Shop Windows to the Universe

The Winter 2010 issue of The Earth Scientist includes a variety of educational resources, ranging from astronomy to glaciers. Check out the other publications and classroom materials in our online store.
Renaissance panel ceiling by Baldassare Peruzzi entitled "The Rape of Ganymede." ( c. 1509-14). Villa Farnesina, Rome, Italy.
Click on image for full size
Image courtesy of PhotoDisc, Inc. All rights reserved. Images provided by (c) 1995 Fototeca Storica Nazionale.

Ganymede

Ganymede was a son of Tros, first king of the classical land known as Troy. One day Jupiter caught a glimpse of the handsome young boy as he was tending sheep on Mt. Ida, and was suddenly inflamed with a passion for him.

Jupiter thereby changed his shape into that of an eagle, swooped down onto the craggy slopes of Ida, and carried the boy off to Mt. Olympus, home of the gods, to serve as the cup bearer of the gods. Now it so happens that this position was already filled by Hebe, the daughter of Jupiter and his wife Juno. Once Ganymede arrived at the royal court there began a furious competition between Hebe and Ganymede for the honor of serving the gods.

Eventually Ganymede won the post, and stayed on also as the beloved companion to Jupiter. Ganymede's father, Tros, mourned for his son because he did not know what happened. Jupiter felt sorry for him, and gave the father special horses that only gods could ride upon. He also made Hermes explain the entire story, including the honor of becoming immortal.

To honor the events surrounding the elevation of Ganymede to "cup bearer and servant of the gods," Jupiter placed his shape of an eagle, a shape he assumed when abducting Ganymede to Olympus, into the heavens as the constellation Aquila (eagle), and immortalized Ganymede as the constellation Aquarius (water bearer). One of Jupiter's moons is also named after Ganymede.

Shop Windows to the Universe Science Store!

Our online store includes issues of NESTA's quarterly journal, The Earth Scientist, full of classroom activities on different topics in Earth and space science, as well as books on science education!

Windows to the Universe Community

News

Opportunities

You might also be interested in:

Cool It! Game

Check out our online store - minerals, fossils, books, activities, jewelry, and household items!...more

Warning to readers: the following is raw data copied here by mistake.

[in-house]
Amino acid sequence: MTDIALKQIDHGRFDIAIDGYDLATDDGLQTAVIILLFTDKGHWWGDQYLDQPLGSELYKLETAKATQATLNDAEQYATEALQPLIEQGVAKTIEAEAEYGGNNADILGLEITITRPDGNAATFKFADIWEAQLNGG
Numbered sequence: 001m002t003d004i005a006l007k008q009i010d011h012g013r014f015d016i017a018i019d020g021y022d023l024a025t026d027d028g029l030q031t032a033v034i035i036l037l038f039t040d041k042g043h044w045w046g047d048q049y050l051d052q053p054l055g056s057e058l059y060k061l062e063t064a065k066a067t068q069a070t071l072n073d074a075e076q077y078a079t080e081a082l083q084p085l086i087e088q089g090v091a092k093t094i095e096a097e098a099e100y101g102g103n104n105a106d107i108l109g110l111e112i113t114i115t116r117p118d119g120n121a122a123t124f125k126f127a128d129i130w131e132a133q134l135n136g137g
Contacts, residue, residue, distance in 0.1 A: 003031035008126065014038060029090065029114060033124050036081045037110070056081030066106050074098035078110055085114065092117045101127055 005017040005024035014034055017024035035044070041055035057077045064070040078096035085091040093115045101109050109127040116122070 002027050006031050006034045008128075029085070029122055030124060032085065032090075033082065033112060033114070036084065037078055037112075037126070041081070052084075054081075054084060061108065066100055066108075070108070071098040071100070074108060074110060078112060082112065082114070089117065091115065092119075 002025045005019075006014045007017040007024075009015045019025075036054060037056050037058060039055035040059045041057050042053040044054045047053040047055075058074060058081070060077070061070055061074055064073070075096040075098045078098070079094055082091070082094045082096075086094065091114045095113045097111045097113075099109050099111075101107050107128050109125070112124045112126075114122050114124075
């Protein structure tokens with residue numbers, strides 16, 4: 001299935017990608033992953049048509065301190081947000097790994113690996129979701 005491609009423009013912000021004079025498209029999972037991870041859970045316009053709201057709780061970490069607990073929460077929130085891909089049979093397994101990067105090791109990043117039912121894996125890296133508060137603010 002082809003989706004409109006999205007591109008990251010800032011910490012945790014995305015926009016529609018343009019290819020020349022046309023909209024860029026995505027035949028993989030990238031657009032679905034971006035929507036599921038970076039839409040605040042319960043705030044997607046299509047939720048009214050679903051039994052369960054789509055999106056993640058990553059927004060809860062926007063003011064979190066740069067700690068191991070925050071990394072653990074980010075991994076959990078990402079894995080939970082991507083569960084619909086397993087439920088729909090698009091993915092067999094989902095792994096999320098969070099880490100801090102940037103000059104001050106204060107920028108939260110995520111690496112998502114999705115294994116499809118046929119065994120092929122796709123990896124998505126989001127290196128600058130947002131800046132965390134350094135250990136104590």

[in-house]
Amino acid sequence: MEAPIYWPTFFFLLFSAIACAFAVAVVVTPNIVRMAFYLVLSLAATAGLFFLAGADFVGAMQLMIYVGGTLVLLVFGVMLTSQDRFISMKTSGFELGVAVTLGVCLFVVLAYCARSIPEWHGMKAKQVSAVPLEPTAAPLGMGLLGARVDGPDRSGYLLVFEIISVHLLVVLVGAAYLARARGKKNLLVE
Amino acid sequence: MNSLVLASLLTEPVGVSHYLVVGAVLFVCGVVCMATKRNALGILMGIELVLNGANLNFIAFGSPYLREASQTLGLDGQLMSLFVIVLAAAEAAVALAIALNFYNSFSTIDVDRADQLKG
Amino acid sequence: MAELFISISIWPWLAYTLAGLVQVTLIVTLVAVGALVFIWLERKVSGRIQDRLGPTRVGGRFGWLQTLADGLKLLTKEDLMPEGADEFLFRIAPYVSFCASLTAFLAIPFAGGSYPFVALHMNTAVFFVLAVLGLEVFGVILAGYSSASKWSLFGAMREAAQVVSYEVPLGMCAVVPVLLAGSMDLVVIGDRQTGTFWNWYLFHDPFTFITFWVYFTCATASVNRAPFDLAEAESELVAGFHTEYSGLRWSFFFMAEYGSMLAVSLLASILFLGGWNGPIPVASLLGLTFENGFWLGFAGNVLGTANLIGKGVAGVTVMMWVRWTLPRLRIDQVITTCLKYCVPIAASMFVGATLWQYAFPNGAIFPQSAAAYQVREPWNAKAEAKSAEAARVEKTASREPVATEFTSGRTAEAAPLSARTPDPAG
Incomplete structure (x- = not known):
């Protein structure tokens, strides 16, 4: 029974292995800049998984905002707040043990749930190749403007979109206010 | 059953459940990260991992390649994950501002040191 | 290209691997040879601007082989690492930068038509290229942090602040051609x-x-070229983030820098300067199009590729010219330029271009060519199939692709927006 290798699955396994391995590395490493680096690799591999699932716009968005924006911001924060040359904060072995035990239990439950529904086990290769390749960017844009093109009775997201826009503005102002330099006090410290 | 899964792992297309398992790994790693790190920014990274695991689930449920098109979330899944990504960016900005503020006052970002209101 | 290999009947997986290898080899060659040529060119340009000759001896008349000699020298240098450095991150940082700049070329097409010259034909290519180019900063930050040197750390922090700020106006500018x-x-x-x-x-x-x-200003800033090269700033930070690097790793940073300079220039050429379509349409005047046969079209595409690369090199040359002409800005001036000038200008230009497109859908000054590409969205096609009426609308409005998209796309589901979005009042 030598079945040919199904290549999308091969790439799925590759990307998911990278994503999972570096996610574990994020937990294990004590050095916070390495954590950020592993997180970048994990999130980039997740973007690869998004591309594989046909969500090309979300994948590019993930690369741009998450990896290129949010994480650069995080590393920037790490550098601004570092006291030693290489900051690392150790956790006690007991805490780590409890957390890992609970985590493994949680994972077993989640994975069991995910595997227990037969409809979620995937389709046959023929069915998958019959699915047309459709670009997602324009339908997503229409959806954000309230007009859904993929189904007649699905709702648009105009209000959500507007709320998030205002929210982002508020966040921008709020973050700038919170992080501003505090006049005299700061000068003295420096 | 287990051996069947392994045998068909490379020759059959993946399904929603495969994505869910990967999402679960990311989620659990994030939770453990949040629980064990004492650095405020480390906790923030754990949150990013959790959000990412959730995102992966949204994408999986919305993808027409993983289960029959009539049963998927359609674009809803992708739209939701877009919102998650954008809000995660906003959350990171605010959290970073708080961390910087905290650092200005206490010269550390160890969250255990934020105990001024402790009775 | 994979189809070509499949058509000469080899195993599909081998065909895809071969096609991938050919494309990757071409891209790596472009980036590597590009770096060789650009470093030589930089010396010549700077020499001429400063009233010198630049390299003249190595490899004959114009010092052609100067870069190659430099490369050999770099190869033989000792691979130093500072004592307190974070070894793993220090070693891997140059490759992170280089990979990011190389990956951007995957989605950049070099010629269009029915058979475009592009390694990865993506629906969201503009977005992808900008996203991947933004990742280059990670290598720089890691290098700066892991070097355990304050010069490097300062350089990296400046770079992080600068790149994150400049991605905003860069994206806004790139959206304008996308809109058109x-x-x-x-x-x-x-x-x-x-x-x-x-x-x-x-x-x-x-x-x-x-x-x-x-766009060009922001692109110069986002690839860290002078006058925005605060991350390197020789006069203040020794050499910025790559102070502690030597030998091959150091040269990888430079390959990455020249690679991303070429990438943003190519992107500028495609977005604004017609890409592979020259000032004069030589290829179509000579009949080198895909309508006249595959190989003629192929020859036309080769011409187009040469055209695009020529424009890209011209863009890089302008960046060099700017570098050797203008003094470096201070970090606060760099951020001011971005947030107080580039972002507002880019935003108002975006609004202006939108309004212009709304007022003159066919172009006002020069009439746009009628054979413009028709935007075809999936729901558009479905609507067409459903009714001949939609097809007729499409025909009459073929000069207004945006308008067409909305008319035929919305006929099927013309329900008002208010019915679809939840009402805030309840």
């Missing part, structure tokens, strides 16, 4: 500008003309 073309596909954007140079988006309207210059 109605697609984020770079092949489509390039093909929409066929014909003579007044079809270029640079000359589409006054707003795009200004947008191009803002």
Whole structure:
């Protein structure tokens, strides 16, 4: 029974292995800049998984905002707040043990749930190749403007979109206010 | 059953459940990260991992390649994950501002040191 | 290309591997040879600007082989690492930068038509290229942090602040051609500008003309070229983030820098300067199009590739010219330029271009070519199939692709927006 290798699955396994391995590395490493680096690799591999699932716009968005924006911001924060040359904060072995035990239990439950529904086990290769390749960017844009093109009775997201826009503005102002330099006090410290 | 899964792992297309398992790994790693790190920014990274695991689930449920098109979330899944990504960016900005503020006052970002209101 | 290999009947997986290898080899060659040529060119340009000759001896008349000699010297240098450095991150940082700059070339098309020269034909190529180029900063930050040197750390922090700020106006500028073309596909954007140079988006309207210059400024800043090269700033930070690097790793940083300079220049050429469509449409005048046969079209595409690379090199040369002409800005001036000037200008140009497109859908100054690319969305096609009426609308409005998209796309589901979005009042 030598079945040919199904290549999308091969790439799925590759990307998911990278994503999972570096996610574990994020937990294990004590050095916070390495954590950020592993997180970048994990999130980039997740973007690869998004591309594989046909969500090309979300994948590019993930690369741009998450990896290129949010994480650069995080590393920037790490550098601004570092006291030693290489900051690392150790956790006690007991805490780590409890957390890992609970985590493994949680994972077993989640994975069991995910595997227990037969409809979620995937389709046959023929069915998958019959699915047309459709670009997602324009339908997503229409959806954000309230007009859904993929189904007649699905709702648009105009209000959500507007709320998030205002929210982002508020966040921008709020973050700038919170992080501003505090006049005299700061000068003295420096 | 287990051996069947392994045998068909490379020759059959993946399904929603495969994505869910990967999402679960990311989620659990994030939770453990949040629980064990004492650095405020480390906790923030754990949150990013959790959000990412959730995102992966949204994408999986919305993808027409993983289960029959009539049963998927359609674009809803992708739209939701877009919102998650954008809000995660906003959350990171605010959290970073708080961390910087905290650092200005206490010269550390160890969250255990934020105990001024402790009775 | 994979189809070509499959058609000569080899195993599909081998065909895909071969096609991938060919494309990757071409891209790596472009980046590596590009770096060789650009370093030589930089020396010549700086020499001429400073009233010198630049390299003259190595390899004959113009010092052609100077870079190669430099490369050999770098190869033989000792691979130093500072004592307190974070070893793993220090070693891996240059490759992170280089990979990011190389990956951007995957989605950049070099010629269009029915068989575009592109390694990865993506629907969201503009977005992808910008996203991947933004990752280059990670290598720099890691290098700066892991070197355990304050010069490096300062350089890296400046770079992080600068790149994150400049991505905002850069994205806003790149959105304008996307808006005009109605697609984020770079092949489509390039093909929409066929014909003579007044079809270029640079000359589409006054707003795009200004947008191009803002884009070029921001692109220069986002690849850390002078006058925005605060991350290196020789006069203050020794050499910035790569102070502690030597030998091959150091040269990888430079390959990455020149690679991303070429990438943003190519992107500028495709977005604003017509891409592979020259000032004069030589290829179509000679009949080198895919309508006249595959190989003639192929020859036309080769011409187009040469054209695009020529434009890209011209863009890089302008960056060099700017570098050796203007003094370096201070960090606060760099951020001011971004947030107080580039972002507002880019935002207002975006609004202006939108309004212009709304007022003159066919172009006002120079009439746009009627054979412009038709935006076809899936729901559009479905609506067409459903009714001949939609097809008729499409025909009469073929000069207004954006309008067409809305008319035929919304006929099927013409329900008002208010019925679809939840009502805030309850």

Jupiter

In Roman mythology, Jupiter (Zeus in Greek mythology) was the king of heaven and Earth and of all the Olympian gods. He was also known as the god of justice. He was named king of the gods in the special...more

Ahsonnutli

Ahsonnutli was the sky father and chief deity of the Navajo Indians. He created heaven, Earth, and the sky. Each of the four cardinal directions was supported by a giant. Each direction was also associated...more

Amphitrite

Amphitrite was one of the fifty Nereids, the attendants of the sea-god Poseidon. Poseidon (Neptune) had fallen in love with Amphitrite after seeing her dancing on the island of Naxos. Amphitrite rejected...more

Aphrodite

Aphrodite was the Greek goddess of love and beauty. She was known to the Romans as Venus. There were actually two different Aphrodites, one was the daughter of Uranus, the other the daughter of Zeus and...more

Apollo

In Greek mythology, Apollo was the son of Jupiter(in Greek Zeus) and Leto (Letona). He was the god of the Sun, logic, and reason, and was also a fine musician and healer. Leto travelled all over Greece...more

Cancer

According to an ancient Greek legend, the figure of a gigantic crab was placed in the nighttime sky by the goddess Hera to form the constellation Cancer. Hera was the jealous wife of the sky god, Zeus....more

Cepheus

In the Northern Hemisphere sky is the constellation Cepheus, king of Ethiopia, and that of his wife Cassiopeia. Cassiopeia claimed that she and her daughter Andromeda were more beautiful than the sea nymphs,...more

Windows to the Universe, a project of the National Earth Science Teachers Association, is sponsored in part by the National Science Foundation and NASA, our Founding Partners (the American Geophysical Union and American Geosciences Institute) as well as through Institutional, Contributing, and Affiliate Partners, individual memberships and generous donors. Thank you for your support! NASA AGU AGI NSF